This is one of the possible Use Cases.
An organization using a rule-based system wants to switch from using one set of rule products to another, expending much less effort than starting over again. ("No Vendor Lock-In".)
Proposed, without a lot of thought, by SandroHawke
Request from an ILOG prospect, representative of this use case, added as a narrative by ChristianDeSainteMarie (20Dec05)
- Requires that RIF support the intersection of features found in competing products
4.1. Actors and their Goals
- User - wants to switch rule products, or at least be able to
- Producer1 - wants User to not feel locked-in
- Producer2 - wants User to be able to switch easily if unsatisfied with Producer1's product
4.2. Main Sequence
- User obtains Producer1's product
- User develops rulesets using Producer1's product family
- User decides to switch to Producer2's family
- User performs an Export-to-RIF function on the ruleset
- Using Producer2's software, User performs an Import function
- User can now use Producer2's software
4.3. Alternate Sequence: Just Being Able To Switch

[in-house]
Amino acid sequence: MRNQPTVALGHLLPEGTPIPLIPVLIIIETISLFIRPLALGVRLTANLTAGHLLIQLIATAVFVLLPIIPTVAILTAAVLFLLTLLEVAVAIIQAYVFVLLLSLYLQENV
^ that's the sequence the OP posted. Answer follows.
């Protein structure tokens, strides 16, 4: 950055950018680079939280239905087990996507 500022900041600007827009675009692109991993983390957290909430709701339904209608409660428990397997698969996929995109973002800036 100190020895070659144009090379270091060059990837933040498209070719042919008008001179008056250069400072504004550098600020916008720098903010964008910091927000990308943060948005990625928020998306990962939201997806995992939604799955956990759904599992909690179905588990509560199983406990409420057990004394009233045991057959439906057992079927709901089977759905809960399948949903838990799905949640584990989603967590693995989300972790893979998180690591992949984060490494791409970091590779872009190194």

Sometimes just being able to switch makes it posible to justify the original investment (in the product, but mostly in ruleset development).
4.4. Alternate Sequence: Using Both In Combination
Sometimes Users want to use multiple rule products, because they have somewhat different features. RIF lets them move their rules around, or maybe even use them at the same time, accessing a rule storage server of some kind.
5.1. Typical request from an ILOG prospect
(added by ChristianDeSainteMarie, 20Dec05)
"In general they are interested in decoupling among rule engines, rule repositories, and rule authoring tools. So for example, they may already have an existing set of centralized rules, and they purchase/build a software component that comes with an embedded rule engine, and would like to use some of the existing rules within the new rule engine."
This is quoted from an email by Greg Imirzian, senior technical account manager at ILOG, reporting a discussion with a prospect that asked about our position wrt XML-based standard rule languages. We receive requests like this increasingly frequently.
Is this too obvious? Does it need a Use Case?
The "typical request from an ILOG prospect" scenario shows that this use case corresponds to a real and increasingly frequent demand from users. (added by ChristianDeSainteMarie, 20Dec05)